And Mckeown, M. (2012) a critical exploration of using football in health and welfare programs: Gender, masculinities and social relations. Journal of Sport and Social Issues. 36(4): 387-409 A



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i Football chants can be humorous, creative, poetic, but also nasty and offensive (Armstrong & Young, 1999). Some football chanting also exposes the murky side of football and masculinities and can connect with violent and aggressive forms of expression and action. Shouting Die you bastard, die’ at injured opposition players is quite unexceptional, but the goading of Manchester United and Liverpool fans with doggerel about the Munich Air Disaster and Hillsborough tragedy respectively plumb depths of viciousness (Brick, 2000). Chanting coloured by particular expressions of sexism and homophobia are illustrated starkly by such examples as the unfortunately commonplace get your tits out for the lads or the homophobic baiting of Brighton and Blackpool fans (both cities are known as having a visible gay community) (Pink News, 2008).
ii For example, David James (a former England International goalkeeper) is a public supporter of the White

Ribbon campaign (men working to end violence against women) http://www.whiteribboncampaign.co.uk
iii As the heart of the Industrial Revolution, where people moved to work in large industrial cities, it has been argued that the English population tends to be particularly transitory with weak connections to place and community (Kuper and Szymanski, 2009, pp.253-4)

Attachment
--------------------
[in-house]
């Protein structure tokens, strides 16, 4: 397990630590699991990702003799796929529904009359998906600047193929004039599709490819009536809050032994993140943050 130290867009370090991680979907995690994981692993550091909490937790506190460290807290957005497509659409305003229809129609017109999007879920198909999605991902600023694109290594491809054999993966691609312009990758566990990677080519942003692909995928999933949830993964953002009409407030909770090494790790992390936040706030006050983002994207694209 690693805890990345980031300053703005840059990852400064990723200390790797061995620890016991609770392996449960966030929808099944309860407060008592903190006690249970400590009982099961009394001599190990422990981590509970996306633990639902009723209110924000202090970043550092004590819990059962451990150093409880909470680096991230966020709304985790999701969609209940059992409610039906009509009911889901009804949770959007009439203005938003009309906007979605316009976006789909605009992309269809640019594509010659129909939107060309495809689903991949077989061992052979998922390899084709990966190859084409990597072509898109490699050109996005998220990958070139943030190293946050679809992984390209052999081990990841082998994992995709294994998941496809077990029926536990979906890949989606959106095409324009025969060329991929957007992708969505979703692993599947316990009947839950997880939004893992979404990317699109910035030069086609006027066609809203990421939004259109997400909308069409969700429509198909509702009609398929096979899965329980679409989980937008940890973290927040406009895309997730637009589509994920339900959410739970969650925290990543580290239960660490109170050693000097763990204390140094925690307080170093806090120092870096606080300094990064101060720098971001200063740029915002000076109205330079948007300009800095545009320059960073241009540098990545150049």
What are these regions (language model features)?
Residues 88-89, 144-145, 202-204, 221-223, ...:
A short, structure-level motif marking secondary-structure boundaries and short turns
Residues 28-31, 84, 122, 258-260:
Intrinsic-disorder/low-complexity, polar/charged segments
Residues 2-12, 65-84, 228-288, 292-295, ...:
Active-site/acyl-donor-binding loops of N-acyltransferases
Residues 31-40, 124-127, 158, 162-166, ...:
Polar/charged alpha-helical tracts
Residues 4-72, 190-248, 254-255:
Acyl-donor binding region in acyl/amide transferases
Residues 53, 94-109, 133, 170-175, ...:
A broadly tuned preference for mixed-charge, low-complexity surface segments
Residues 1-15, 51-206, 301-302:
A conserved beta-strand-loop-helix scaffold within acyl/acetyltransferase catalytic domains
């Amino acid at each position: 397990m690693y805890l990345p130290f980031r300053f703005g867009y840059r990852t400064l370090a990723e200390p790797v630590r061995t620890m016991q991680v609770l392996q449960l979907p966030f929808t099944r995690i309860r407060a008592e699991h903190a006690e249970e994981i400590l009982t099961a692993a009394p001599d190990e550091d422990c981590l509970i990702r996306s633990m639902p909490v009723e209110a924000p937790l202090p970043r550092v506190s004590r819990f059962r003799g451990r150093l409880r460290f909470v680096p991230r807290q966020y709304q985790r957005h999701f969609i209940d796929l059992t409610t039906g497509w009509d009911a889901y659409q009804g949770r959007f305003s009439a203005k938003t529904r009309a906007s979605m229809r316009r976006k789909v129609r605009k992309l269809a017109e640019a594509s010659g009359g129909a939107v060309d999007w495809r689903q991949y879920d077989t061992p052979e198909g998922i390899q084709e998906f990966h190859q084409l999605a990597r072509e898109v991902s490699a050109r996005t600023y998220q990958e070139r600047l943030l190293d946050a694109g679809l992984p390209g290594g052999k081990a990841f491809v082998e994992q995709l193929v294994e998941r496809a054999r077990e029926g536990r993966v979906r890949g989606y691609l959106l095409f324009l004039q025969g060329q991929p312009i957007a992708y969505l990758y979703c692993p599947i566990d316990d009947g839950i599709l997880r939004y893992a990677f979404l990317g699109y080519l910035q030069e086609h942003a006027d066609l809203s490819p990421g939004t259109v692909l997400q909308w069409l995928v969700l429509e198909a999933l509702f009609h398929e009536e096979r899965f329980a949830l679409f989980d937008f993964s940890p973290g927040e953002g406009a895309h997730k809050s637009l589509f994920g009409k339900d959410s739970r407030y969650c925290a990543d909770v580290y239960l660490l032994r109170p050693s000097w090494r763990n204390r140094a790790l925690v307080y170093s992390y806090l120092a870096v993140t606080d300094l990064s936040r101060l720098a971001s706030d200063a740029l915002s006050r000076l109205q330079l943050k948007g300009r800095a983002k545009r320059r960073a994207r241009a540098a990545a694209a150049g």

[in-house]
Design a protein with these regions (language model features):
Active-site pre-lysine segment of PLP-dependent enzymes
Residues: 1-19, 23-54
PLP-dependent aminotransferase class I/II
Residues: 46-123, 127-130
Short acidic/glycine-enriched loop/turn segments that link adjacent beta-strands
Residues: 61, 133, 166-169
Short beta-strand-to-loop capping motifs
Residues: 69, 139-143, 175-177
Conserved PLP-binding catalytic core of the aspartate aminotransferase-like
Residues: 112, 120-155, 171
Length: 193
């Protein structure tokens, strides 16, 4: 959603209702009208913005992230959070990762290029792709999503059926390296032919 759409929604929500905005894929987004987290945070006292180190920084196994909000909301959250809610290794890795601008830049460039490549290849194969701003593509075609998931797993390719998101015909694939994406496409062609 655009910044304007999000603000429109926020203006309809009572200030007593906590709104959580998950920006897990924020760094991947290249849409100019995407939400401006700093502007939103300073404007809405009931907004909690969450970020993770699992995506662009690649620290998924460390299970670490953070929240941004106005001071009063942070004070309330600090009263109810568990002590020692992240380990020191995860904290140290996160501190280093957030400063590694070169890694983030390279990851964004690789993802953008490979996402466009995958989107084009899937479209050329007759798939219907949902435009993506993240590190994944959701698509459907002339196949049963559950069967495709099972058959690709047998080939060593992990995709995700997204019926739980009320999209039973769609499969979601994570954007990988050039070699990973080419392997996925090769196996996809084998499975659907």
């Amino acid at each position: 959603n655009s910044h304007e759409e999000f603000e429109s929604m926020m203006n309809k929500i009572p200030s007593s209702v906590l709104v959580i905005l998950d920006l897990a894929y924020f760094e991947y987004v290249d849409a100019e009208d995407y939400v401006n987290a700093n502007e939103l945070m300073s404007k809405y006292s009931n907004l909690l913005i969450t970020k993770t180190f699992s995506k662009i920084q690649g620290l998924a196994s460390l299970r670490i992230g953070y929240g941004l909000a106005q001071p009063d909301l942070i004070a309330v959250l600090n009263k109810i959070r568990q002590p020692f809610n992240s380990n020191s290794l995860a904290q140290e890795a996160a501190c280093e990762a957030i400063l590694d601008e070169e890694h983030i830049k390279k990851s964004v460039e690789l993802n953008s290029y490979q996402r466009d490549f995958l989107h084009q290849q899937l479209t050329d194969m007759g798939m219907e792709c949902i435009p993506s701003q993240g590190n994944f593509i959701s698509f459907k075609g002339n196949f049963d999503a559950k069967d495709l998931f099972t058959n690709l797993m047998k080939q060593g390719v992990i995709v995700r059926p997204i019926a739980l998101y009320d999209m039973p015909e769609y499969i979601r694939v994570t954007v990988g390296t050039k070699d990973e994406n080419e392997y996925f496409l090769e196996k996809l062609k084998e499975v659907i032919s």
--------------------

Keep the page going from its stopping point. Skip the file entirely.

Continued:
iv With reference to the high tide of hooliganism in English football during the 1980s, Dunning et al. (1988) link achieving the social status and intra-group prestige of manhood to participation in football violence, especially for men from lower socio-economic groups. This violent and aggressive male habitus is compounded by seeking out gender segregated work and social circles which escape any softening effect of female company. Spaaij (2008) identifies common features of hooliganism across international and local contexts, and these include expressions of hard masculinity, defence of reputation and sense of solidarity and belonging.
v Burton Nelson (1994) is actually referring to American football but the argument could equally be made about any culturally dominant sport.
vi This idea of doing gender is based on various theories of the social construction of gender e.g. ethnomethodologists who argued that gender is achieved through action and interaction and post-structuralist
ideas about how gender is performed (West and Zimmerman. 1987; and Butler. 1999). This idea has been applied to mens expression of health and distress (e.g. Ridge et al., 2010).
vii It is important to note that women can also do masculinity (or hyper masculinity) and in some contexts, they can often do it better than men. For example, recent research has shown how women footballers often ignore their injuries and play on, even more so than male players in order to demonstrate their competence and embody a specific form of masculine culture within sport, especially when their physical abilities are frequently questioned.

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